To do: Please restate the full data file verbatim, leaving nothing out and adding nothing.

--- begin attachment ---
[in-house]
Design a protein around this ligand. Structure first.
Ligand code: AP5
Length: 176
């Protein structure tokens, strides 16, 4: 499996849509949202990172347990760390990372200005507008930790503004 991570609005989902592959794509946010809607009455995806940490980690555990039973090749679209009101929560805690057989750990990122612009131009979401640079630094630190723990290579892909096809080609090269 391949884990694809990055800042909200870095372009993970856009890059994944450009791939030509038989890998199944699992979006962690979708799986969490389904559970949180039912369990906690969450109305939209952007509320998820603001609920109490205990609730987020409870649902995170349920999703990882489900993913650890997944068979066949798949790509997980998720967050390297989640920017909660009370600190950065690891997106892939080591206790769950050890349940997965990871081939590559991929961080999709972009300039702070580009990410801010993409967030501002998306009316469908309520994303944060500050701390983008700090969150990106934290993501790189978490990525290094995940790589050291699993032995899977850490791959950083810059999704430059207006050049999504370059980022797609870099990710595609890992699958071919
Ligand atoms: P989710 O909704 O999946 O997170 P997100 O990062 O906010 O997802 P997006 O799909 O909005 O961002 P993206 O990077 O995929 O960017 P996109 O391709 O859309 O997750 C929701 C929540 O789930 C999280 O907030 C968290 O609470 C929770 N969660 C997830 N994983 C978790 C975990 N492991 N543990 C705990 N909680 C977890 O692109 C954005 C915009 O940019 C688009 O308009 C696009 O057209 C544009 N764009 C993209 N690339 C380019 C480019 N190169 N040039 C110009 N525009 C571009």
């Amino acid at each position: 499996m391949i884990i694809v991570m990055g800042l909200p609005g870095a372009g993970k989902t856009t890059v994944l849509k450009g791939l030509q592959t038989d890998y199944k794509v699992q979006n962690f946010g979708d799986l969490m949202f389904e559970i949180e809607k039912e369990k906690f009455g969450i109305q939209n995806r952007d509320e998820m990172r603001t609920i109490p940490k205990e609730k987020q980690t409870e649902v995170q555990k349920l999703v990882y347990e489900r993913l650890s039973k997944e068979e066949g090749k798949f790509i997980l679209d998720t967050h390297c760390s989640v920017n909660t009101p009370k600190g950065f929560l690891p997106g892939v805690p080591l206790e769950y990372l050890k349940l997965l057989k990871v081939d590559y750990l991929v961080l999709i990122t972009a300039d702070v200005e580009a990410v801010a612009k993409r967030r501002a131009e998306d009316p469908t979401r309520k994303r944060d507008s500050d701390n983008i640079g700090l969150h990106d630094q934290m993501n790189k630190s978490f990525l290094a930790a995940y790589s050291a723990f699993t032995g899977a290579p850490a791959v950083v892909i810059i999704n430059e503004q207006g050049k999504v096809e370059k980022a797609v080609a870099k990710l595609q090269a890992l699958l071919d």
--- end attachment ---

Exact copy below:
[in-house]
Design a protein around this ligand. Structure first.
Ligand code: AP5
Length: 176
């Protein structure tokens, strides 16, 4: 499996849509949202990172347990760390990372200005507008930790503004 991570609005989902592959794509946010809607009455995806940490980690555990039973090749679209009101929560805690057989750990990122612009131009979401640079630094630190723990290579892909096809080609090269 391949884990694809990055800042909200870095372009993970856009890059994944450009791939030509038989890998199944699992979006962690979708799986969490389904559970949180039912369990906690969450109305939209952007509320998820603001609920109490205990609730987020409870649902995170349920999703990882489900993913650890997944068979066949798949790509997980998720967050390297989640920017909660009370600190950065690891997106892939080591206790769950050890349940997965990871081939590559991929961080999709972009300039702070580009990410801010993409967030501002998306009316469908309520994303944060500050701390983008700090969150990106934290993501790189978490990525290094995940790589050291699993032995899977850490791959950083810059999704430059207006050049999504370059980022797609870099990710595609890992699958071919
Ligand atoms: P989710 O909704 O999946 O997170 P997100 O990062 O906010 O997802 P997006 O799909 O909005 O961002 P993206 O990077 O995929 O960017 P996109 O391709 O859309 O997750 C929701 C929540 O789930 C999280 O907030 C968290 O609470 C929770 N969660 C997830 N994983 C978790 C975990 N492991 N543990 C705990 N909680 C977890 O692109 C954005 C915009 O940019 C688009 O308009 C696009 O057209 C544009 N764009 C993209 N690339 C380019 C480019 N190169 N040039 C110009 N525009 C571009």
């Amino acid at each position: 499996m391949i884990i694809v991570m990055g800042l909200p609005g870095a372009g993970k989902t856009t890059v994944l849509k450009g791939l030509q592959t038989d890998y199944k794509v699992q979006n962690f946010g979708d799986l969490m949202f389904e559970i949180e809607k039912e369990k906690f009455g969450i109305q939209n995806r952007d509320e998820m990172r603001t609920i109490p940490k205990e609730k987020q980690t409870e649902v995170q555990k349920l999703v990882y347990e489900r993913l650890s039973k997944e068979e066949g090749k798949f790509i997980l679209d998720t967050h390297c760390s989640v920017n909660t009101p009370k600190g950065f929560l690891p997106g892939v805690p080591l206790e769950y990372l050890k349940l997965l057989k990871v081939d590559y750990l991929v961080l999709i990122t972009a300039d702070v200005e580009a990410v801010a612009k993409r967030r501002a131009e998306d009316p469908t979401r309520k994303r944060d507008s500050d701390n983008i640079g700090l969150h990106d630094q934290m993501n790189k630190s978490f990525l290094a930790a995940y790589s050291a723990f699993t032995g899977a290579p850490a791959v950083v892909i810059i999704n430059e503004q207006g050049k999504v096809e370059k980022a797609v080609a870099k990710l595609q090269a890992l699958l071919d």